April 7, 2016, by Charlotte Anscombe

Dr Jem Bloomfield answers the Big Questions

Dr Jem Bloomfield Assistant Professor of Literature in the School of English, talks about his first experience with the media – on the BBC1 show – The Big Questions.

This Sunday I found myself on the outskirts of York, recording a TV show. This was a slightly unexpected situation for me, which began a few weeks earlier when I had an email from a producer looking to put together a panel to discuss Shakespeare and the Bible.  Since this year is the 400th anniversary of Shakespeare’s death, the BBC One show The Big Questions thought it’d be interesting to discuss the poet’s moral and cultural importance alongside that of the Bible.

A few phone calls back and forth resulted, as the producers sounded me out on various aspects of the topic and what I might respond to particular questions. Then a call to confirm they wanted me on the show, and an intricate logistical system kicked into operation.  I arrived the night before, to find the hotel lobby full of men in sombreros and false moustaches.  I’d always thought of York as a quiet medieval city with tea shops and museums, but apparently it has quite a number of stag and hen parties as well.  Really quite a number: the institution of marriage is flourishing in York, if the streets on a Friday night are anything to go by.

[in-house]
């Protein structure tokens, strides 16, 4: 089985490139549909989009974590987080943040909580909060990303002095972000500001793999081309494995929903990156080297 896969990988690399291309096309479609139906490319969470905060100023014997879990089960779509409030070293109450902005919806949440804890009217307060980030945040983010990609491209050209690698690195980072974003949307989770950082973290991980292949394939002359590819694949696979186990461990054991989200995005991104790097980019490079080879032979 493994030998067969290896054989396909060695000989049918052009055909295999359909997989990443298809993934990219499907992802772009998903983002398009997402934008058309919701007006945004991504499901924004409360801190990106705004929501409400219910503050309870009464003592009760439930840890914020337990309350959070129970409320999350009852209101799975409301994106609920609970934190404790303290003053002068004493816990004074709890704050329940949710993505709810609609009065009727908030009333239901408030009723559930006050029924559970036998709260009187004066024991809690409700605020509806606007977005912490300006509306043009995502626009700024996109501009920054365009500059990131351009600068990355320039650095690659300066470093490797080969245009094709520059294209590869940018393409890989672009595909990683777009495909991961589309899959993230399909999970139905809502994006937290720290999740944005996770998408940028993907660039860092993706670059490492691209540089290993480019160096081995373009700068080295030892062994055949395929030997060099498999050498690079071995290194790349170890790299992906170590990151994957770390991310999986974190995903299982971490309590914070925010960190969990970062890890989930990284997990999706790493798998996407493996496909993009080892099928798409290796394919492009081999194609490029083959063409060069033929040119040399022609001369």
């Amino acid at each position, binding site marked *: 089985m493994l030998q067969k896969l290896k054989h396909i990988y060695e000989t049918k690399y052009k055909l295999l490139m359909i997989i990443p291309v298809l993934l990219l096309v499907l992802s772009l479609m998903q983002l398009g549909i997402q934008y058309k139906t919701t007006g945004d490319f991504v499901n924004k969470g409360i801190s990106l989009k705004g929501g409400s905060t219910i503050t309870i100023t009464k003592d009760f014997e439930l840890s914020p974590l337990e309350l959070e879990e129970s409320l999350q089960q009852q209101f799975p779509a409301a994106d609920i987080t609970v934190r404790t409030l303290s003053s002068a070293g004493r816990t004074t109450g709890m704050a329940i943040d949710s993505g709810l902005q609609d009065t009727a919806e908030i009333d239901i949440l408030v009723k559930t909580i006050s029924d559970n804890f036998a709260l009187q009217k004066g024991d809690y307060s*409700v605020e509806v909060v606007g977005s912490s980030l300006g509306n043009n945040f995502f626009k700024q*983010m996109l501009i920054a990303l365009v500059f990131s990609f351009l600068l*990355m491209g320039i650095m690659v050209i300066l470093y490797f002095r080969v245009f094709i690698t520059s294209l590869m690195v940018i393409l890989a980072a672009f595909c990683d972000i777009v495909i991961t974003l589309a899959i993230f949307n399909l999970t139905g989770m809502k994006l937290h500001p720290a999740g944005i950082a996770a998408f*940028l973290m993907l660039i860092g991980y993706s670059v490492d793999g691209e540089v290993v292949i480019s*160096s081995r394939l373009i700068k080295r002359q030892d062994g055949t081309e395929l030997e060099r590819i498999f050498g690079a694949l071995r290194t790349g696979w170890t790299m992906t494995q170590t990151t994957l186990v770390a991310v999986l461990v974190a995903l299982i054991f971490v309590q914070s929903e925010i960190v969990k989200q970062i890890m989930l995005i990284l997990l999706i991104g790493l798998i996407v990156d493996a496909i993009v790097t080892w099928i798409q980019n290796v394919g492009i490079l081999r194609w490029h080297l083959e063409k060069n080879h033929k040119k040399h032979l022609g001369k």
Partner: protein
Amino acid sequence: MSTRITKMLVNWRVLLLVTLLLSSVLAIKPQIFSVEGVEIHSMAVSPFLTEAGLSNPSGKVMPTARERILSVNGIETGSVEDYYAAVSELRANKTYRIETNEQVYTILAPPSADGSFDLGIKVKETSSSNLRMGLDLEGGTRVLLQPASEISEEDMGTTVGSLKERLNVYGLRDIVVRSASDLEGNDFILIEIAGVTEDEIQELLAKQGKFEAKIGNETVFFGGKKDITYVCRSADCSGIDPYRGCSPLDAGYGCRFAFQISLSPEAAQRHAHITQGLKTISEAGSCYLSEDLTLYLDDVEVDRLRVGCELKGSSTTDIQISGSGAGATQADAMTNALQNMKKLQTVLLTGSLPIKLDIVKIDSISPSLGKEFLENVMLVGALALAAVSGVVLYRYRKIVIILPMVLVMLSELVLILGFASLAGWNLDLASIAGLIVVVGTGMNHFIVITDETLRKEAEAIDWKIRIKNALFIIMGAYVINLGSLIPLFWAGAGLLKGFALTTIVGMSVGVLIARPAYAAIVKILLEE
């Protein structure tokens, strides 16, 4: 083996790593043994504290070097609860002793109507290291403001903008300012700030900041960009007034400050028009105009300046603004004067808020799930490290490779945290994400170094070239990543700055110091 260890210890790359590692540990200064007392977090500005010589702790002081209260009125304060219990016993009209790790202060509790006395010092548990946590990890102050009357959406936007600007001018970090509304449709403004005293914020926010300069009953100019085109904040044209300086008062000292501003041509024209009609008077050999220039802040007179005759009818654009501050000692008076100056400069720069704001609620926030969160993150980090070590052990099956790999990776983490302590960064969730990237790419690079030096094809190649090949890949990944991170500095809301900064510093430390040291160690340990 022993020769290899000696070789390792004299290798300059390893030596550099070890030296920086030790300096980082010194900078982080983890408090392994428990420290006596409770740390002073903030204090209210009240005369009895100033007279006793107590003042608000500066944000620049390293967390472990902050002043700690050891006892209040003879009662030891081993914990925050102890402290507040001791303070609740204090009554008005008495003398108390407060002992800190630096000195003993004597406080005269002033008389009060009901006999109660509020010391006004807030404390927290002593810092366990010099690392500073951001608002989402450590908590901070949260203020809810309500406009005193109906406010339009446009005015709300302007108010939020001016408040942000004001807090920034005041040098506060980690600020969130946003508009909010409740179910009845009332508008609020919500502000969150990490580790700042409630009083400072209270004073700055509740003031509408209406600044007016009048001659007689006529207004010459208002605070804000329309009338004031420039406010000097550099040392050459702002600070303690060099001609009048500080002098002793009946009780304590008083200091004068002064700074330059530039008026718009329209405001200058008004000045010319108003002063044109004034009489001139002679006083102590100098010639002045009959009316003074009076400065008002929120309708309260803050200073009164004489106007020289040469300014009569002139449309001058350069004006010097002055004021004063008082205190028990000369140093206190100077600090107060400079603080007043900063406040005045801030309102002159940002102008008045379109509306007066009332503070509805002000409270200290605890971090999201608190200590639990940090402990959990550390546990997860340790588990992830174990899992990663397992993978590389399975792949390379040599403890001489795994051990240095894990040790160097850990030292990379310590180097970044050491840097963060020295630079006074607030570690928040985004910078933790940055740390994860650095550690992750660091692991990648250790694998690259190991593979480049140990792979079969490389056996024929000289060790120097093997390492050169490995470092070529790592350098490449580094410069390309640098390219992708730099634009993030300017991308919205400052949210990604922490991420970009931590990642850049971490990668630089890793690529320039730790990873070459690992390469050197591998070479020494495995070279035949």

The next morning I was taken to the recording, where I met the other guests and signed a waiver to legally allow them to broadcast what I would say. The former was great fun: I already knew Alison Millbank of Nottingham’s own theology department, but I had only seen Stanley Wells and Paul Edmondson from the back of lecture halls as a postgraduate, and only heard Akala on his singles, so was very cheered to actually meet them.  There were plenty of sandwiches, to which we failed to do justice (in my case because of nerves and a hotel cooked breakfast.)

The waiver was impressively ambitious: I genuinely signed over them the rights to transmit my contribution to the show via any technology which currently exists or may be invented in the future, and in any place anywhere in the universe. Well, if we going to talk about whether Shakespeare and the Bible were universal and timeless I suppose it made sense to think on that scale.

The show was great fun, and the hour was up before I thought we were even halfway through. It was oddly like a seminar in our department, with everyone adding their particular angle on the question (though admittedly we don’t usually have interjections or applause from an audience.)  I learned an awful lot from my fellow panellists in that hour, about the different ways Shakespeare and the Bible can be questioned and appreciated.

I also learned something about myself, though it was less profound: catching sight of myself on one of the monitor screens I realized that to the unbiased observer I am about 60%-70% beard. Oh, to see ourselves as others see us.  I suppose that’s what iPlayer is for…

 You can see Dr Bloomfield’s appearance on this Sunday’s show at 10am on BBC1

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